The Sunshine Act and its Role in Pharmaceutical Compliance

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The Sunshine Act, also known as the Open Payments Program, is a federal program that was created to increase transparency around the financial relationships between pharmaceutical companies and the healthcare providers that prescribe their products.

The goal of the Sunshine Act is to create a more level playing field for pharmaceutical companies by making sure that all payments are disclosed, regardless of whether they are monetary or in-kind (such as educational grants or speaker fees). This way, companies cannot use these payments as a way to influence prescribing behavior.

In order to comply with the Sunshine Act, pharmaceutical companies must track all payments and transfers of value made to healthcare providers. These payments can take many forms, including but not limited to:

  • Consulting fees
  • Speaking fees
  • Travel and lodging expenses
  • Gifts
  • Educational grants
  • Meals

All of these payments must be reported to the Centers for Medicare and Medicaid Services (CMS), which then makes this information available to the public on an online database.

Companies that fail to comply with the Sunshine Act can be subject to civil and criminal penalties, including fines of up to $1 million per year. In addition, non-compliant companies may be excluded from participating in federal healthcare programs like Medicare and Medicaid. Given these potential consequences, it is critical for pharmaceutical companies to have a robust compliance program in place.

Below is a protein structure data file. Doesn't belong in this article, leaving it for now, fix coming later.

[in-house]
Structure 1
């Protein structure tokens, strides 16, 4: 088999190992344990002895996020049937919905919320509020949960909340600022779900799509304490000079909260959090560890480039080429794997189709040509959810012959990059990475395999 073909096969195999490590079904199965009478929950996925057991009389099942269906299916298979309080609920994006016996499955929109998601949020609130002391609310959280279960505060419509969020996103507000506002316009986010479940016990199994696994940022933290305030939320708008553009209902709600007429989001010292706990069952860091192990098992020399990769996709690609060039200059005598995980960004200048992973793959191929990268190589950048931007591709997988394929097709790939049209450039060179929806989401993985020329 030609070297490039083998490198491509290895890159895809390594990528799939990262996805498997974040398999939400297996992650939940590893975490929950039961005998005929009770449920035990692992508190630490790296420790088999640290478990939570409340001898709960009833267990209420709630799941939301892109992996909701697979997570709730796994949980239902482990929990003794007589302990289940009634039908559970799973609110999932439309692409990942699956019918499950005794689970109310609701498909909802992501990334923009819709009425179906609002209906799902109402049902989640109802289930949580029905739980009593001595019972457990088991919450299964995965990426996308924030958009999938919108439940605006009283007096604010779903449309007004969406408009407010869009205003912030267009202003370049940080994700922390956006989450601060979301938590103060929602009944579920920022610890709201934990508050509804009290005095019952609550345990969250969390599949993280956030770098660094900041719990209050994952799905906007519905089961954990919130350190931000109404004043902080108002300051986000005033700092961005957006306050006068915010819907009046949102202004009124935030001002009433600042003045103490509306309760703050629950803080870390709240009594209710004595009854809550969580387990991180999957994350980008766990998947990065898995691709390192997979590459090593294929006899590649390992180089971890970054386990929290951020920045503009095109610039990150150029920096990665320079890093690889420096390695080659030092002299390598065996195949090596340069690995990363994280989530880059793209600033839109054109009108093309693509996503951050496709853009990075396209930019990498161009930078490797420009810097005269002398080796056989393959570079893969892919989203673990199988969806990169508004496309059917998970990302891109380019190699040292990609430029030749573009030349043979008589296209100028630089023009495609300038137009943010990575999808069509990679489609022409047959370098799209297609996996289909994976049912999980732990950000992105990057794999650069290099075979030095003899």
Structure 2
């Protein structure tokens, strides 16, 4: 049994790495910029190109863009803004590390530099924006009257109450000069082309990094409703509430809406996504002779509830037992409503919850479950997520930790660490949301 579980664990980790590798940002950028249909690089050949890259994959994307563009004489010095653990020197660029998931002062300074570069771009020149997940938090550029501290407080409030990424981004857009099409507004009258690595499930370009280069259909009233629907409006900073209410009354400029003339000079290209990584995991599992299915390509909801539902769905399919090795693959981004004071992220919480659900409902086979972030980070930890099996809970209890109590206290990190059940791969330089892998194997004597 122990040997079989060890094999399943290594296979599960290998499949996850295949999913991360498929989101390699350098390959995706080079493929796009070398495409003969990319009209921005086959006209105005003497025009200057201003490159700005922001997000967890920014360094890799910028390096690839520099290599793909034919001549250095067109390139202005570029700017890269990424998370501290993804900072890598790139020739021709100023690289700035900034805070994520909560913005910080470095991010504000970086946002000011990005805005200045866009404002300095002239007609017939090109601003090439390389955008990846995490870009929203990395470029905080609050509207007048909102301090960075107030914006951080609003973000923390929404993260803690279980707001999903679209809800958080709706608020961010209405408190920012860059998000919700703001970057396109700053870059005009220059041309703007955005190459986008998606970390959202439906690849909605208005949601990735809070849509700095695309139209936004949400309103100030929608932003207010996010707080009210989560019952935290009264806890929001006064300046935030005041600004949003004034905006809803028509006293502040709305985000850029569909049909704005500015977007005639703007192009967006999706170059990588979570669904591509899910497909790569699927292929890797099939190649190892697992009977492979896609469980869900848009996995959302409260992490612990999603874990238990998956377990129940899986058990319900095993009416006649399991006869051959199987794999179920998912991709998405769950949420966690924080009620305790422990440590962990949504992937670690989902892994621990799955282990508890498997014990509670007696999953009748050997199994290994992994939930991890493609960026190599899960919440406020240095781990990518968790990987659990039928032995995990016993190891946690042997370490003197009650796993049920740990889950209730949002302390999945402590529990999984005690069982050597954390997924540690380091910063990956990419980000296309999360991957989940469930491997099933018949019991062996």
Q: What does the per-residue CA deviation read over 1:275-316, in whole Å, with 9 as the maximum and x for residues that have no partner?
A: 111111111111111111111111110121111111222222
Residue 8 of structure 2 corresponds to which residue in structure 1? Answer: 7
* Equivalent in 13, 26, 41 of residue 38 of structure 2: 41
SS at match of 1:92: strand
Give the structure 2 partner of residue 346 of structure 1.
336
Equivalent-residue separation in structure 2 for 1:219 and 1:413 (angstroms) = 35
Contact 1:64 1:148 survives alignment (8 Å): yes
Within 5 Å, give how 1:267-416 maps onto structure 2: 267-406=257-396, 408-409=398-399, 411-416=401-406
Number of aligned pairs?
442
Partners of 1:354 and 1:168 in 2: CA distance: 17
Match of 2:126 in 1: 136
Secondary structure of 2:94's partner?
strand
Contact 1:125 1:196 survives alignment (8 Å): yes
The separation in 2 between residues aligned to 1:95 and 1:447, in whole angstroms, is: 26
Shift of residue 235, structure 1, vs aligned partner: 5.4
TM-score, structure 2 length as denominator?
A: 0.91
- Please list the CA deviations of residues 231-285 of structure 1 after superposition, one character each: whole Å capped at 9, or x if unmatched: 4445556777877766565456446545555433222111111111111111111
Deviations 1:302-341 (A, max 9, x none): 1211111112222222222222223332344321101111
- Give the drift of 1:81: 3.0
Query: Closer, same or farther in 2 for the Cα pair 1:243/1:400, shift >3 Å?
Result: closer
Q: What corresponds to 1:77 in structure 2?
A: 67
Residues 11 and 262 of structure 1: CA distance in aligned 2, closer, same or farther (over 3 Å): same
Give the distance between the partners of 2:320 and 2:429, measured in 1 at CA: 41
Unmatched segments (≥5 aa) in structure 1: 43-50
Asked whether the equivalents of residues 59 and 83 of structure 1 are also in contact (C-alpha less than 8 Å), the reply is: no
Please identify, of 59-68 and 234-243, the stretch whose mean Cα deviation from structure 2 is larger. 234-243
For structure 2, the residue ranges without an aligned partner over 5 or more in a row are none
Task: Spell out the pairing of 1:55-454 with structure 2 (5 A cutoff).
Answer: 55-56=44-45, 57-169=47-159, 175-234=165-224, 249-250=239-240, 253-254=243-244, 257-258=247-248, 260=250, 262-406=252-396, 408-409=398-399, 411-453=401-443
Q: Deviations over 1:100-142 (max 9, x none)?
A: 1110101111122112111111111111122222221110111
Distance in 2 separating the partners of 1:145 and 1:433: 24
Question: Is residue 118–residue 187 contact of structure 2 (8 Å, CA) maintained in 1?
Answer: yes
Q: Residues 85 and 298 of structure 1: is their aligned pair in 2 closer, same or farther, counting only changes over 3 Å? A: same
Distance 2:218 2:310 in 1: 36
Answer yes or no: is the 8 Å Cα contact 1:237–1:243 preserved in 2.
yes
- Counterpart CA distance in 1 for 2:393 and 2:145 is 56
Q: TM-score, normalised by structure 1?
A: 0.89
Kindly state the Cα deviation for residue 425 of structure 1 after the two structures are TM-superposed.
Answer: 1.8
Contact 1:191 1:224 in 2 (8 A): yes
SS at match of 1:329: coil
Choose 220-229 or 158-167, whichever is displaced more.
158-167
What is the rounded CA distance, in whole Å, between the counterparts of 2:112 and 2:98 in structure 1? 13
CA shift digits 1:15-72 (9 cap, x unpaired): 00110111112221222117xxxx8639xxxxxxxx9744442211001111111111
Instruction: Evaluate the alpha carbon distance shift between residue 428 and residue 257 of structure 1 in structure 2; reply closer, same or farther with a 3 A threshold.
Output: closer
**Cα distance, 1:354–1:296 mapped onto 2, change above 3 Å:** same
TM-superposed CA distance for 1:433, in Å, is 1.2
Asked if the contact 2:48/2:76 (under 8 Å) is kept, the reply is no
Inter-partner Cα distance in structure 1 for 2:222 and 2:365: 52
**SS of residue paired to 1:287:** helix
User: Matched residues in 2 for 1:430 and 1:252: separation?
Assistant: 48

A key component of any such program is educating employees on the requirements of the Sunshine Act and ensuring that they understand how to correctly track and report payments. Employees should also be aware of the types of payments that are prohibited under the Sunshine Act, such as those made for marketing purposes or those that could be perceived as kickbacks.

The Sunshine Act is a critical piece of legislation for pharmaceutical companies operating in the United States. Not only does it help level the playing field between different companies, but it also protects patients by ensuring that doctors are not being unduly influenced by financial incentives when prescribing medications. Given the potentially severe penalties for non-compliance, it is essential for pharmaceutical companies to have a robust compliance program in place. This program should include employee education on the requirements of the Sunshine Act as well as end-to-end process and procedures.

These documented processes should track every external engagement from initiation through program completion and any transfers of value. The engagements should also contain checkpoints and monitoring to ensure the processes are being followed.

How Can Alphanumeric Help?

One of our global clients was struggling with just this issue: lack of documented processes and confirmation that policies were being followed. We partnered with them to build an end-to-end process for external engagements that met all objectives and satisfied both internal and external audit requirements.

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